Students go behind-the-scenes of manufacturing companies to see their work

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TWIN FALLS, Idaho (KMVT/KSVT) - Students from Canyon Ridge High School visited different manufacturing plants across the Magic Valley to see what they do behind-the-scenes.

"We have manufacturing all throughout our communities but they really don’t know what’s going on," said Nathan Hyer, the automated manufacturing teacher for the high school. He was referring to the students who don't know all that goes into the industry.

The day is dubbed Manufacturing Day, a partnership with Southern Idaho Economic Development, the College of Southern Idaho and the city of Twin Falls.

Hyer said there were three groups in total. Each group goes on two tours to the facilities. Those companies included Jerome Cheese, Kapstone, Jayco and more.

General Manager David Crawford, of Kapstone, told KMVT it was exciting to share their history and what the company does.

Students walked around with workers for about an hour in Kapstone, learning how they package their cardboard and explained where the shipments go.

"I was surprised about all the stuff that goes on. There’s a lot more to it than just the machines," said Lucas Uker, a junior at the high school.

Students from all grades at the high school joined the tours, including Hyer's automated manufacturing class.

"It’s a great opportunity for some of the younger ones to start off on the right foot and those that are ready to graduate get a good idea for jobs," Hyer explained.

Student Eli Brown said he enjoyed going on the tour.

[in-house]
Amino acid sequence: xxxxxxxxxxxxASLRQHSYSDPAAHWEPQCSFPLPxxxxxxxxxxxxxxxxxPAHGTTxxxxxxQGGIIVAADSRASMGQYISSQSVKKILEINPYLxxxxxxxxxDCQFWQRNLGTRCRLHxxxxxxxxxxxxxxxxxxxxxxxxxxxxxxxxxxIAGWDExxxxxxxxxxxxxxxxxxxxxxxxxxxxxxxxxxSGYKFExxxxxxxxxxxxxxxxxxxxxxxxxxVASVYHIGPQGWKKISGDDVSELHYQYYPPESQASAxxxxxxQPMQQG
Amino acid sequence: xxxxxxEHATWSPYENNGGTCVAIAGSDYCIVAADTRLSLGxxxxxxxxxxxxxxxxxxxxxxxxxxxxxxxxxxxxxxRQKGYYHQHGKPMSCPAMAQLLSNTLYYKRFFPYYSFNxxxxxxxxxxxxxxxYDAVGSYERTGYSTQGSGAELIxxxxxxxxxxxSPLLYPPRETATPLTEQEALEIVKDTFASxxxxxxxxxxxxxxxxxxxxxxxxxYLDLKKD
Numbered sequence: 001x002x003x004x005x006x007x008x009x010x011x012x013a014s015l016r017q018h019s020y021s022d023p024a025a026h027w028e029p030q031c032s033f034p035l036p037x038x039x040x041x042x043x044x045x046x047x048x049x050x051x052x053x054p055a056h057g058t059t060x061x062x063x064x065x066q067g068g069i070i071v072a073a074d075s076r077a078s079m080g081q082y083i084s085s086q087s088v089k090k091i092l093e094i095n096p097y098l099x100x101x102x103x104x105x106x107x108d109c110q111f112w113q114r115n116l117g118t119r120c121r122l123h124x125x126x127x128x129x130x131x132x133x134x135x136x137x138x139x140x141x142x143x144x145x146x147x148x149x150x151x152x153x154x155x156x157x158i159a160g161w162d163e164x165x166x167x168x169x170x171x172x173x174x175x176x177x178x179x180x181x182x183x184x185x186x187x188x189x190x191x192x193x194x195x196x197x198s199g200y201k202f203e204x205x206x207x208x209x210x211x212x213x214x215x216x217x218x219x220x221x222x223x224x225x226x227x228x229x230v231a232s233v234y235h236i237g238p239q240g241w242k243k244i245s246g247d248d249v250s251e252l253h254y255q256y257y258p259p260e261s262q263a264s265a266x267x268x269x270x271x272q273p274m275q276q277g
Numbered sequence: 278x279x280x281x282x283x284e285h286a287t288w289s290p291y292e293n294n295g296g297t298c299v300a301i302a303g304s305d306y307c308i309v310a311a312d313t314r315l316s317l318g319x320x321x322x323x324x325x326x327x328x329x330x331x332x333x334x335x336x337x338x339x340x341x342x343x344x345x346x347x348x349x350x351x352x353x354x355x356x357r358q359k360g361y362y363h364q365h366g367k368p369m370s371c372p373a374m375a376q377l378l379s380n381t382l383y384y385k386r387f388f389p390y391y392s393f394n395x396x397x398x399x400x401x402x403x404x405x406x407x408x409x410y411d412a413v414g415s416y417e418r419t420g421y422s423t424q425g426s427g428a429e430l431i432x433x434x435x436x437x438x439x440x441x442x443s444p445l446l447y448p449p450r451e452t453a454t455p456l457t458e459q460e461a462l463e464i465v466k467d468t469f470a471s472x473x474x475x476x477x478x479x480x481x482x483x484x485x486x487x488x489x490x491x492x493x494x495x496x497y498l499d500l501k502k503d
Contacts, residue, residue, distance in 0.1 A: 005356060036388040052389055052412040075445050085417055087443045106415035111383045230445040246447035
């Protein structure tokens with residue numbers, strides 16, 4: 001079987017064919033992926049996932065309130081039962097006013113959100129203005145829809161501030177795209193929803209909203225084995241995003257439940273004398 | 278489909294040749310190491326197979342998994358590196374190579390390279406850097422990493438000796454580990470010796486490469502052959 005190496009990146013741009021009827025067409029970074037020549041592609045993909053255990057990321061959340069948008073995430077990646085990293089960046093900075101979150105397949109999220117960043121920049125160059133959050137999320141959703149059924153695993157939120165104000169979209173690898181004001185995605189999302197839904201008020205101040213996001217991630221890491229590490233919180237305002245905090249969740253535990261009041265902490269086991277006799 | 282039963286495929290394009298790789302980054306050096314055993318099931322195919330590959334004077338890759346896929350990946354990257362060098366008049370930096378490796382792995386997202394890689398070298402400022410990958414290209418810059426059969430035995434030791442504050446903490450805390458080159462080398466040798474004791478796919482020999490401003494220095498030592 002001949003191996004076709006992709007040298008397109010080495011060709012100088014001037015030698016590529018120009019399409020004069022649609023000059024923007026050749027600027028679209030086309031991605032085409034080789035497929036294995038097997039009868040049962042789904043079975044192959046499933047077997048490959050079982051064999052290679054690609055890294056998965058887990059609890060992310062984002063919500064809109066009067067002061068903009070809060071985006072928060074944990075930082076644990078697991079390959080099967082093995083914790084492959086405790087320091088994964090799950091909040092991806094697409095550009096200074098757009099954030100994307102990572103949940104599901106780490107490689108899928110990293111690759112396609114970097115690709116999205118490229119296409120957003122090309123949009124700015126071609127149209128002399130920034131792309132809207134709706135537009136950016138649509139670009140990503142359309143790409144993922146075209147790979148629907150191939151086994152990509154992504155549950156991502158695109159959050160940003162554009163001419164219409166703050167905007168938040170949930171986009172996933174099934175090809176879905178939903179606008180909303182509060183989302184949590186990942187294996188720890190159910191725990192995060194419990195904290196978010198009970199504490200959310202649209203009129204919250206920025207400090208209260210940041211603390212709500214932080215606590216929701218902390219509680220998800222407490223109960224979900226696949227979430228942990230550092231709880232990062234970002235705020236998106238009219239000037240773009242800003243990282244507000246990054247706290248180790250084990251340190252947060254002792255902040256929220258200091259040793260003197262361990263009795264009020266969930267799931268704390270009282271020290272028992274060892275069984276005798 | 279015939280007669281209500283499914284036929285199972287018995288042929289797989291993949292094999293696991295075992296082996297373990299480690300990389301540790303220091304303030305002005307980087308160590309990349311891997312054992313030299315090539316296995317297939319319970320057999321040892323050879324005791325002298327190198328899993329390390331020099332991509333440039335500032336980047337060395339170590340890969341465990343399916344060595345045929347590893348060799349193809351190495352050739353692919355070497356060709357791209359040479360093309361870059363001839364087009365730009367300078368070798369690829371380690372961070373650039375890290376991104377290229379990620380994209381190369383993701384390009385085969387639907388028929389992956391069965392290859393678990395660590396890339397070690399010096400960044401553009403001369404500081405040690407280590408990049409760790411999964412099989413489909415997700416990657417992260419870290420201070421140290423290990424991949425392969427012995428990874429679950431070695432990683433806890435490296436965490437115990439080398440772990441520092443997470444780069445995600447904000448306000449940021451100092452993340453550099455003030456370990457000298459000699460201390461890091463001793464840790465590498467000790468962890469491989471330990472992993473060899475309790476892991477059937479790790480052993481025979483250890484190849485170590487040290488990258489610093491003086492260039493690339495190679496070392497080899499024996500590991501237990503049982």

"It’s fantastic. Like you just get to know what’s going on, what actually happens, how everything comes out and turns out to be," he said.

Hyer said he hopes the students learn how "awesome" the environment of manufacturing can be.

"It’s one of those things that I've talked to many people about and once they’ve been in there, they started working, it gets in your blood. It just really starts to inspire you," he told KMVT.

Crawford said he started working in a factory 40 years ago as a fork lifter, and now he is a general manager for the company.

"It’s a great opportunity and when you start your journey after high school you just never know where it may take you, but keep your eyes open, look for opportunities for advancement and it’s an exciting world out there," he said.

"I definitely appreciate it more now that I see how it's done and what they do," said Andrew Sterner, a ninth grade student.

Following the facility tours, the students went to the College of Southern Idaho and checked out their advanced technology integration center.

"To see what other opportunities they have after high school to further their education," Hyer explained.



 
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